The commitment to democracy and the constitution is strong, and, so, too, the institutions it created have well-endured. Thus, the 2018 elections are likely to be comparatively and technically well-managed such that the polls are likely to be a credible test of the people’s will on the ANC’s stewardship of post-apartheid South Africa. This despite ongoing concerns about pre-election political violence (especially in the volatile KwaZulu-Natal province), a lack of transparency around the creation of party candidate lists, and concerns about possibly low rates of voter registration and turnout among young and poorer South Africans.

2. Democracy has not mitigated South Africa’s deep-seated economic and social ills. After twenty years of ANC rule at the national level (opposition parties have governed some provinces and cities, most notably following the 2015 local elections), all is not well in South Africa. While early gains from the Reconstruction and Development Program and the GEAR (Growth, Employment, and Redistribution) policies, persistent tensions and inequalities along racial and ethnic lines, dogged unemployment, recurring bouts of xenophobic violence, land conflict, rampant corruption, and racial political mobilization continue to undermine the original ANC vision of the “rainbow nation” and prosperous democratic socialism.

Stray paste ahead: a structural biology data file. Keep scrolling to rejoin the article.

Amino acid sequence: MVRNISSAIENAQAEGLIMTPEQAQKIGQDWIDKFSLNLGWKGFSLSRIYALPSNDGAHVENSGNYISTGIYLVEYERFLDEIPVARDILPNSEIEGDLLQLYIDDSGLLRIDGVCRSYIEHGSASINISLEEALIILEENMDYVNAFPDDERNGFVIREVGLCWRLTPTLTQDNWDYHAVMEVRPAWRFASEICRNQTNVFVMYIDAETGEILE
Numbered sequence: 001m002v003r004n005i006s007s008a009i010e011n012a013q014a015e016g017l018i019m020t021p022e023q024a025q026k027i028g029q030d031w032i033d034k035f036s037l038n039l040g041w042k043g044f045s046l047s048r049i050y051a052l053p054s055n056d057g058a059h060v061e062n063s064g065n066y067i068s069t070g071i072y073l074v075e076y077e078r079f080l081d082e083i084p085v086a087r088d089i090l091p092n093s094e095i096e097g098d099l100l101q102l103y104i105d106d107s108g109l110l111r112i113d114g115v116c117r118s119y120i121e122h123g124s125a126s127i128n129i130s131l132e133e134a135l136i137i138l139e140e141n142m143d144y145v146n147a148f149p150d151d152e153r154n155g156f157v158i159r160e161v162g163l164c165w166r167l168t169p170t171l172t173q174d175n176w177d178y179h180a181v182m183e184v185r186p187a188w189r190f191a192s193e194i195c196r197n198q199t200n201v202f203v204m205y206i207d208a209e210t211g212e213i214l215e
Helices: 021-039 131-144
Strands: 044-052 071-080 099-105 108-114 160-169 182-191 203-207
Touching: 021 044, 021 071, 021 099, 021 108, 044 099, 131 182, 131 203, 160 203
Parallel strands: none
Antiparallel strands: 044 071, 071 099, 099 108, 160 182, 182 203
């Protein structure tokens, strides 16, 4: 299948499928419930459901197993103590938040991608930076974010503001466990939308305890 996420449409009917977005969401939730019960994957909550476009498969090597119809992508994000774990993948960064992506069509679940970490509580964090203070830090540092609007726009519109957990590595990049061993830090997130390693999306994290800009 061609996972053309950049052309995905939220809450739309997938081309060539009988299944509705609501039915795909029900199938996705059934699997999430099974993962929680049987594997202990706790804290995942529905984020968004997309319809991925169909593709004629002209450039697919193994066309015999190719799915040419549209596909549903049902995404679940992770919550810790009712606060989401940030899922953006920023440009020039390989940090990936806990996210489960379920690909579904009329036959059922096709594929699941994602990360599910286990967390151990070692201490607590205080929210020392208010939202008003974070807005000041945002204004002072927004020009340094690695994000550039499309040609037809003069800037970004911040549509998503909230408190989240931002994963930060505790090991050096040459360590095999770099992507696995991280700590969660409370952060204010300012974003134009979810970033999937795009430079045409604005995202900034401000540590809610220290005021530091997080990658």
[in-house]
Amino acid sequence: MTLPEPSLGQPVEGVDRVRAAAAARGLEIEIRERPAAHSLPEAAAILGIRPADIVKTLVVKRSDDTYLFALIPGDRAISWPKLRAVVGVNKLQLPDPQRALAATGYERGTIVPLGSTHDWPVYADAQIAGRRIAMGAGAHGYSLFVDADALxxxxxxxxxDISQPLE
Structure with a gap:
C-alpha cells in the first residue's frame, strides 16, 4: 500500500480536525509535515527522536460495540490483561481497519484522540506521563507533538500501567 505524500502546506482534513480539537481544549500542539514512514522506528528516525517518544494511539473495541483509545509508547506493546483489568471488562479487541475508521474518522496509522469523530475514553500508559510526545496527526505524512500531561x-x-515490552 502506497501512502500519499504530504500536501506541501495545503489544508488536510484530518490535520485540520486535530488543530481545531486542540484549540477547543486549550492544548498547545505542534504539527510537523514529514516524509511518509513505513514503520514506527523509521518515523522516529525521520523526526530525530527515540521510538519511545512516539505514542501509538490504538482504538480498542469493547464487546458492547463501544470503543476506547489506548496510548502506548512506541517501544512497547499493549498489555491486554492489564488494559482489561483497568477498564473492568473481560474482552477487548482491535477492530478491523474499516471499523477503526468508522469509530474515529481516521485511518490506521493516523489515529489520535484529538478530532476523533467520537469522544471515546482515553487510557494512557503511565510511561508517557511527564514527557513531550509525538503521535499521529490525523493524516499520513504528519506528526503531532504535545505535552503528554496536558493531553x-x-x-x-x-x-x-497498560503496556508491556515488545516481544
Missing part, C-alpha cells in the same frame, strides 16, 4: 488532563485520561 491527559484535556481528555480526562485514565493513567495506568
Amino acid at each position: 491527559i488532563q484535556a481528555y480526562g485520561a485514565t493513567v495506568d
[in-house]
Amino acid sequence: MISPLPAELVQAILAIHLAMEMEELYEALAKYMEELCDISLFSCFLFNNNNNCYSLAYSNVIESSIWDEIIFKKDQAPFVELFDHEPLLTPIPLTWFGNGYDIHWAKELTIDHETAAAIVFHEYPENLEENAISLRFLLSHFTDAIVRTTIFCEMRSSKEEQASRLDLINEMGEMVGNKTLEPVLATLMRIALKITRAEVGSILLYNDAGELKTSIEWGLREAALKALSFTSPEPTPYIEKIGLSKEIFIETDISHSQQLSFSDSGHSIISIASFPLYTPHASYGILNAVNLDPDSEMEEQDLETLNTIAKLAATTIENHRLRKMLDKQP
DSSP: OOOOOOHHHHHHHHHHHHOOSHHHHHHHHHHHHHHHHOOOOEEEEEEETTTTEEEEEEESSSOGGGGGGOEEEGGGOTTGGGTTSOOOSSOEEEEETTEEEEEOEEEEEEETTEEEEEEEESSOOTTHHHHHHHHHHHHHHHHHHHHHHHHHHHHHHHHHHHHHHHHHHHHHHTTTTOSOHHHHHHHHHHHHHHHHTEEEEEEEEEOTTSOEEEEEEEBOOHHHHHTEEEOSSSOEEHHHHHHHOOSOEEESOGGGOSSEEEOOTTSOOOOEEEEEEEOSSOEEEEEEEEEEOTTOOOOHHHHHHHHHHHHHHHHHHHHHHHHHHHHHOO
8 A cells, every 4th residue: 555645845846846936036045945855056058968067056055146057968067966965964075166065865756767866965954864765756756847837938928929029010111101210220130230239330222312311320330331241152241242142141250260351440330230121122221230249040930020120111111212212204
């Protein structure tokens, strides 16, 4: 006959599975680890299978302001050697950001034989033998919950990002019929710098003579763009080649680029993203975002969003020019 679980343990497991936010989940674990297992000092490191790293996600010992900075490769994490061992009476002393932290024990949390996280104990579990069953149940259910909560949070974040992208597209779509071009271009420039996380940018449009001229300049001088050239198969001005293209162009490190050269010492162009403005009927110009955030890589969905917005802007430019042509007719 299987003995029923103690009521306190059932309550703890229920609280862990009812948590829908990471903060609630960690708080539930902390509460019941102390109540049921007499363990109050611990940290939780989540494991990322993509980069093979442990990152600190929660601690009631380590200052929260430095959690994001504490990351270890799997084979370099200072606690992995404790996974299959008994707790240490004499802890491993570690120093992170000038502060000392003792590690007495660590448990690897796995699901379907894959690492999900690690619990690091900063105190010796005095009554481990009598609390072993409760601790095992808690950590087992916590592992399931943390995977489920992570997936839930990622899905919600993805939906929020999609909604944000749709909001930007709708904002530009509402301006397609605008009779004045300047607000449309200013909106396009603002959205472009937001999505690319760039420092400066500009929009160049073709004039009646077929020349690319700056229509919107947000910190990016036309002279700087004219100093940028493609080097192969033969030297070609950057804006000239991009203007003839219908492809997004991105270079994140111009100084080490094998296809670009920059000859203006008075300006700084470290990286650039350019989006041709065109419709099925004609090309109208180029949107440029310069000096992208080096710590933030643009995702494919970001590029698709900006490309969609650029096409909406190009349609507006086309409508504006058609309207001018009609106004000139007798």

Add to these longstanding issues newly experienced crises such as climate change effects of water scarcity, drought, and desertification, crippling electricity blackouts, widespread transport-based crime, and new ethnic tensions (for example, between some African communities and Chinese or Somali Diaspora).  In 1990, the United Nations Development Program’s Human Development Index for South Africa was .618; in 2018, the measure had barely budged, at .0699. Economic performance has been simply disappointing, well below levels of growth needed to reduce unemployment. “Inclusive” development remains shallow.

3. The ANC slipped into cronyism and kleptocracy. These social tensions play out in the context of the ANC’s slippage into a kleptocratic state, a cancer that has only begun to be outed by the intra-party removal of ten-year president Jacob Zuma in 2018, who presided over a period of corruption and state predation. Today, the Zondo Commission of Inquiry seeks to get to the bottom of the depth and extent of corruption under the sticky-fingered Zuma regime even as the Zuma faction within the ANC remains strong and, in some localities, deeply entrenched.